Also by this author: Silent In The Grave, Silent In The Sanctuary, Silent on the Moor, City of Jasmine, Night of a Thousand Stars
Published by MIRA on 2014-09-30
Genres: 20th Century, Fiction, Historical, Romance
New York Times bestselling author Deanna Raybourn returns with a Jazz Age tale of grand adventure On the verge of a stilted life as an aristocrat's wife, Poppy Hammond does the only sensible thing—she flees the chapel in her wedding gown. Assisted by the handsome curate who calls himself Sebastian Cantrip, she spirits away to her estranged father's quiet country village, pursued by the family she left in uproar. But when the dust of her broken engagement settles and Sebastian disappears under mysterious circumstances, Poppy discovers there is more to her hero than it seems. With only her feisty lady's maid for company, Poppy secures employment and travels incognita—east across the seas, chasing a hunch and the whisper of clues. Danger abounds beneath the canopies of the silken city, and Poppy finds herself in the perilous sights of those who will stop at nothing to recover a fabled ancient treasure. Torn between allegiance to her kindly employer and a dashing, shadowy figure, Poppy will risk it all as she attempts to unravel a much larger plan—one that stretches to the very heart of the British government, and one that could endanger everything, and everyone, that she holds dear.
I am so pleased to welcome one of my favorite authors EVER to Good Books And Good Wine today, Deanna Raybourn, author of Night Of A Thousand Stars and the Lady Julia mysteries.
Huge thanks to Good Books and Good Wine for giving me a chance to geek out over one of my favorite things to talk about!
A question I’m asked VERY frequently is how I choose which historical periods to use as settings. Aside from one brief foray into 1860s Transylvania, my settings have been the 1880s or the 1920s—two decades which don’t seem to have a lot in common on the surface. But you might be surprised…
In the 1880s, the world was changing at an alarming pace. This is the decade that introduced Jack the Ripper and Sherlock Holmes to the world. It was the height of the Second Industrial Revolution, when railroads and steamships spanned the world, stitching the far-flung edges of the British Empire into a patchwork of cultures, histories, and traditions. Scientists were experimenting with solar cells, prototype aircraft, and submarines. The 1920s were just as intoxicating in terms of change. The world might have been reeling from the horrors of the Great War, but society moved forward. Women, given the chance for employment in record numbers during the war, pushed rigorously for the vote and greater autonomy. For the first time, family planning became viable, and women took charge of their lives with the same vigor they took charge of their hemlines. Both of these decades saw tremendous change, with traditional roles being challenged. Empires were shattered—and so were the narrow confines of women’s lives.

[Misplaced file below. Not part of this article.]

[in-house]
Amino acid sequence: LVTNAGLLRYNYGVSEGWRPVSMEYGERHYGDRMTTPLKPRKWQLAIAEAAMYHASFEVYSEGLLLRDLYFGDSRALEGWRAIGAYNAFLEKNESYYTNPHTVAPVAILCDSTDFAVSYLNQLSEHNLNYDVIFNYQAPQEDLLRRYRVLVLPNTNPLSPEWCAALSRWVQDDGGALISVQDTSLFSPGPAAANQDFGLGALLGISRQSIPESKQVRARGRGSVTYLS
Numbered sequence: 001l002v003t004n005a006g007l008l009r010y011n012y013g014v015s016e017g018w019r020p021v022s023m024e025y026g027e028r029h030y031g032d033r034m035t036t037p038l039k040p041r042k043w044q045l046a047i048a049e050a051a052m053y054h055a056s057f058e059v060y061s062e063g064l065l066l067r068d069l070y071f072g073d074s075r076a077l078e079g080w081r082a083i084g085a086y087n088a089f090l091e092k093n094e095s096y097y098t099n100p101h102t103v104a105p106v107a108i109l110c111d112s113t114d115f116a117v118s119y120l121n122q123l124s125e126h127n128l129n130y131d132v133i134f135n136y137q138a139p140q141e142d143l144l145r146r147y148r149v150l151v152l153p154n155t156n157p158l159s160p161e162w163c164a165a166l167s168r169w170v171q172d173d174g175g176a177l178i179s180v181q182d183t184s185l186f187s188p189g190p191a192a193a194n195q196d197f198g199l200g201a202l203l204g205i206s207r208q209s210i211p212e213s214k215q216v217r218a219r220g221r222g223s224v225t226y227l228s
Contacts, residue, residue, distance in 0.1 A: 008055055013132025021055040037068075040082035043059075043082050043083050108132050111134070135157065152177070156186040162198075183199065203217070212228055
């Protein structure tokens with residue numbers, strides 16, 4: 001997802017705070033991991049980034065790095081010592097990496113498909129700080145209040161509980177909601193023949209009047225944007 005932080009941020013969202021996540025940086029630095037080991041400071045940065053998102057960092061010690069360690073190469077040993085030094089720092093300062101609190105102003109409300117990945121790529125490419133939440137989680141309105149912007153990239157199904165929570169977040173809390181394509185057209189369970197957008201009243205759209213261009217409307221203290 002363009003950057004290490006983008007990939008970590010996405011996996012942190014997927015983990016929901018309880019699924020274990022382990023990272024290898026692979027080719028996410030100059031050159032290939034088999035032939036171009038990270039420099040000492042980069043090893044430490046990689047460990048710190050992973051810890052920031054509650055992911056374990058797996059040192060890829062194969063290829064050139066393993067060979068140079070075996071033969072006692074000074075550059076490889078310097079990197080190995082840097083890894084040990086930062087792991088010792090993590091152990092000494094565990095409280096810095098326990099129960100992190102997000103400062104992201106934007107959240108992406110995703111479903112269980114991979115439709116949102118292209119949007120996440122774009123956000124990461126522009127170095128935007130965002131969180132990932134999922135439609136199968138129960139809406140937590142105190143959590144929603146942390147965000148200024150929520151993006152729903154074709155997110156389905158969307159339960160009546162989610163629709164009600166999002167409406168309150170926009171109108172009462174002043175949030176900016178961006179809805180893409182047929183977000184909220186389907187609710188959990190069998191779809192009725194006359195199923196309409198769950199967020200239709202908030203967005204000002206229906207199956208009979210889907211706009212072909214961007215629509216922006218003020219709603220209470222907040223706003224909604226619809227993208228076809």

And yet each of these times was also steeped in glamour. In spite of the challenges, both decades boasted some pretty fabulous clothes. (You had to know I’d get there eventually!) The 1880s were velvet bustles and Worth passementerie, the creak of embroidered corsets and the strict lines of exquisite tailoring; they were the glimpse of a wrist beneath a lace cuff, the flash of an ankle under foaming white petticoats. (That last image is courtesy of Hercule Poirot who had fond and admiring memories of the mysteries of feminine dress of his youth.) The 1920s were bugle beads and bare knees, the sheen of silk stockings and the sweep of fringe; glamour then was a whisper of chiffon and the glitter of bangle bracelets stacked up a naked arm. In Victoria’s day, glamour and sex appeal came from what you covered up; in her grandson’s reign, it came from what you flaunted. If the 1880s were a velvety Burgundy, 1920s was a spill of champagne, bubbling over with youthful exuberance. Both delectable, and both worth a trip back in time.
About the Author
A sixth-generation native Texan, Deanna Raybourn grew up in San Antonio, where she met her college sweetheart. She married him on her graduation day and went on to teach high school English and history. During summer vacation at the age of twenty-three, she wrote her first novel. After three years as a teacher, Deanna left education to have a baby and pursue writing full-time.
Deanna Raybourn is the author of the bestselling and award-winning Lady Julia series, as well as, The Dead Travel Fast, A Spear of Summer Grass, and City of Jasmine.
Thanks to Historical Fiction Virtual Book Tours, I have ONE paperback copy of Night Of A Thousand Stars to give to one lucky reader. US addresses only. Must be 13 or older. I won’t sell your information. Use the rafflecopter.
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